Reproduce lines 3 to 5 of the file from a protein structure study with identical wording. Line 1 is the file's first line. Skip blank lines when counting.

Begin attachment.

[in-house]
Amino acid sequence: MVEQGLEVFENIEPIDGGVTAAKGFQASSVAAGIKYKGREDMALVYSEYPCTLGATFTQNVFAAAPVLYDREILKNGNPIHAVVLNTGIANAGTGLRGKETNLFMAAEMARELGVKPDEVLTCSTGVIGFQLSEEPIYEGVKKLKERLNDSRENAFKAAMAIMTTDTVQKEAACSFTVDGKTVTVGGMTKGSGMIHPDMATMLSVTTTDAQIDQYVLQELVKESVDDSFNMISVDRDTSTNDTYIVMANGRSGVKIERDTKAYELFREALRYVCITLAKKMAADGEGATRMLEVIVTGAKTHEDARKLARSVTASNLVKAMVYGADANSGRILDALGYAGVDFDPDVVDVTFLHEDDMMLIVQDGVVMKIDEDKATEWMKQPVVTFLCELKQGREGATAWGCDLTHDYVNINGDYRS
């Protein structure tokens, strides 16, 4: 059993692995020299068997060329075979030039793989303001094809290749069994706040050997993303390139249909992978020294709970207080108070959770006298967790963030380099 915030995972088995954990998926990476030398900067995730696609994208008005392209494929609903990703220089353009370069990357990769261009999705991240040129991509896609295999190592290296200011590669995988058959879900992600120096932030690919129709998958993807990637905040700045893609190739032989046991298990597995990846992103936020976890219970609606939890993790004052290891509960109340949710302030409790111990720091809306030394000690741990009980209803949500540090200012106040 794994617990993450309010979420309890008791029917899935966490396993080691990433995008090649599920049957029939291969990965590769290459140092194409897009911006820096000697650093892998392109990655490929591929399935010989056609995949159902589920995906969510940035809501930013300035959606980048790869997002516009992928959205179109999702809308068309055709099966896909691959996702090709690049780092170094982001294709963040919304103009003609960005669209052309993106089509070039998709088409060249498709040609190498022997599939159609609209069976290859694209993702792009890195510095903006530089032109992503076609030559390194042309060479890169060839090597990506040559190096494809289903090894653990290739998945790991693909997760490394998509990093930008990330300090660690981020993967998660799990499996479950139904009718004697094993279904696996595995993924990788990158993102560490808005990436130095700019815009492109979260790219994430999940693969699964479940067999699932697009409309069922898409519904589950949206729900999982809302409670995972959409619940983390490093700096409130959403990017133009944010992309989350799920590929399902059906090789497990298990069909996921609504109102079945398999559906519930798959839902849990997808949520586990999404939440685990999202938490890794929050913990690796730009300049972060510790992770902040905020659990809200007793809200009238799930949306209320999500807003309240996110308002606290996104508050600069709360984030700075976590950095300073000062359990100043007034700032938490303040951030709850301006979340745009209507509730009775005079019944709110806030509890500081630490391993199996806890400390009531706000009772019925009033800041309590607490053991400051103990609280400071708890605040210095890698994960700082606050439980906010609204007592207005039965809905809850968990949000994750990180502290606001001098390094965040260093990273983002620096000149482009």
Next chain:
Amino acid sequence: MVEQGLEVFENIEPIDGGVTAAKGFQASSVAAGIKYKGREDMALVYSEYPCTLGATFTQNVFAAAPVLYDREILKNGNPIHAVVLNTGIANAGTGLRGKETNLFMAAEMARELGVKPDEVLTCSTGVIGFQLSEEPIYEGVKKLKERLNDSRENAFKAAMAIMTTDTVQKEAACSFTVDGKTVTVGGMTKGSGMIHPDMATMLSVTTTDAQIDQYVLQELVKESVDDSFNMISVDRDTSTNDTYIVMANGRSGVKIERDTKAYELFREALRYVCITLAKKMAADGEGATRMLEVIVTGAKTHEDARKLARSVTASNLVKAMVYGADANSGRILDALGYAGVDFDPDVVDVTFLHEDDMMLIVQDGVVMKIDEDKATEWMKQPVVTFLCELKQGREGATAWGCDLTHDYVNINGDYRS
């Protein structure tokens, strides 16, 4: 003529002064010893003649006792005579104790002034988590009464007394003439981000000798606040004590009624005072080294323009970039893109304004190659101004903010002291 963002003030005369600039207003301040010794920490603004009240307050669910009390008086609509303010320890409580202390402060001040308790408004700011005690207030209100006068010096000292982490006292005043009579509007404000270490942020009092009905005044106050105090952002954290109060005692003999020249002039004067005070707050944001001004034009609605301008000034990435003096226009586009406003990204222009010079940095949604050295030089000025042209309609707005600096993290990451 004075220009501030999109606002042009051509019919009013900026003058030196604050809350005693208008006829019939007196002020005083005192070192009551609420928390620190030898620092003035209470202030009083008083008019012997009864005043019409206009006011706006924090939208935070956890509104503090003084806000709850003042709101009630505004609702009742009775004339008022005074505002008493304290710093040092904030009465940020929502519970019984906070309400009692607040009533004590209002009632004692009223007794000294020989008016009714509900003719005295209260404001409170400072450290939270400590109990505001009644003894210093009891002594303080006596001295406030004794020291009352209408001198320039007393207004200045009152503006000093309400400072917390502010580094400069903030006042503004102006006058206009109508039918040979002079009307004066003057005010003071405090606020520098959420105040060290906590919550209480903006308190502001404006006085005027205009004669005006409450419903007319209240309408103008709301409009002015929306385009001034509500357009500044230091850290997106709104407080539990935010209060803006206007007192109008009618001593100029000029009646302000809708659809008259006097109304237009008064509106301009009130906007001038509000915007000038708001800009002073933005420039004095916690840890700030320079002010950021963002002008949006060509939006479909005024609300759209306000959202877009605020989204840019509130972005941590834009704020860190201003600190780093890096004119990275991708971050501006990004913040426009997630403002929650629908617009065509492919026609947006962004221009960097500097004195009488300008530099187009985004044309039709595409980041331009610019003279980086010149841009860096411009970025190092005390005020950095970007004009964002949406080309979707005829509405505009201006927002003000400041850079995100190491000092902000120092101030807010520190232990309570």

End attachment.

């Protein structure tokens, strides 16, 4: 059993692995020299068997060329075979030039793989303001094809290749069994706040050997993303390139249909992978020294709970207080108070959770006298967790963030380099 915030995972088995954990998926990476030398900067995730696609994208008005392209494929609903990703220089353009370069990357990769261009999705991240040129991509896609295999190592290296200011590669995988058959879900992600120096932030690919129709998958993807990637905040700045893609190739032989046991298990597995990846992103936020976890219970609606939890993790004052290891509960109340949710302030409790111990720091809306030394000690741990009980209803949500540090200012106040 794994617990993450309010979420309890008791029917899935966490396993080691990433995008090649599920049957029939291969990965590769290459140092194409897009911006820096000697650093892998392109990655490929591929399935010989056609995949159902589920995906969510940035809501930013300035959606980048790869997002516009992928959205179109999702809308068309055709099966896909691959996702090709690049780092170094982001294709963040919304103009003609960005669209052309993106089509070039998709088409060249498709040609190498022997599939159609609209069976290859694209993702792009890195510095903006530089032109992503076609030559390194042309060479890169060839090597990506040559190096494809289903090894653990290739998945790991693909997760490394998509990093930008990330300090660690981020993967998660799990499996479950139904009718004697094993279904696996595995993924990788990158993102560490808005990436130095700019815009492109979260790219994430999940693969699964479940067999699932697009409309069922898409519904589950949206729900999982809302409670995972959409619940983390490093700096409130959403990017133009944010992309989350799920590929399902059906090789497990298990069909996921609504109102079945398999559906519930798959839902849990997808949520586990999404939440685990999202938490890794929050913990690796730009300049972060510790992770902040905020659990809200007793809200009238799930949306209320999500807003309240996110308002606290996104508050600069709360984030700075976590950095300073000062359990100043007034700032938490303040951030709850301006979340745009209507509730009775005079019944709110806030509890500081630490391993199996806890400390009531706000009772019925009033800041309590607490053991400051103990609280400071708890605040210095890698994960700082606050439980906010609204007592207005039965809905809850968990949000994750990180502290606001001098390094965040260093990273983002620096000149482009």
Next chain:
Amino acid sequence: MVEQGLEVFENIEPIDGGVTAAKGFQASSVAAGIKYKGREDMALVYSEYPCTLGATFTQNVFAAAPVLYDREILKNGNPIHAVVLNTGIANAGTGLRGKETNLFMAAEMARELGVKPDEVLTCSTGVIGFQLSEEPIYEGVKKLKERLNDSRENAFKAAMAIMTTDTVQKEAACSFTVDGKTVTVGGMTKGSGMIHPDMATMLSVTTTDAQIDQYVLQELVKESVDDSFNMISVDRDTSTNDTYIVMANGRSGVKIERDTKAYELFREALRYVCITLAKKMAADGEGATRMLEVIVTGAKTHEDARKLARSVTASNLVKAMVYGADANSGRILDALGYAGVDFDPDVVDVTFLHEDDMMLIVQDGVVMKIDEDKATEWMKQPVVTFLCELKQGREGATAWGCDLTHDYVNINGDYRS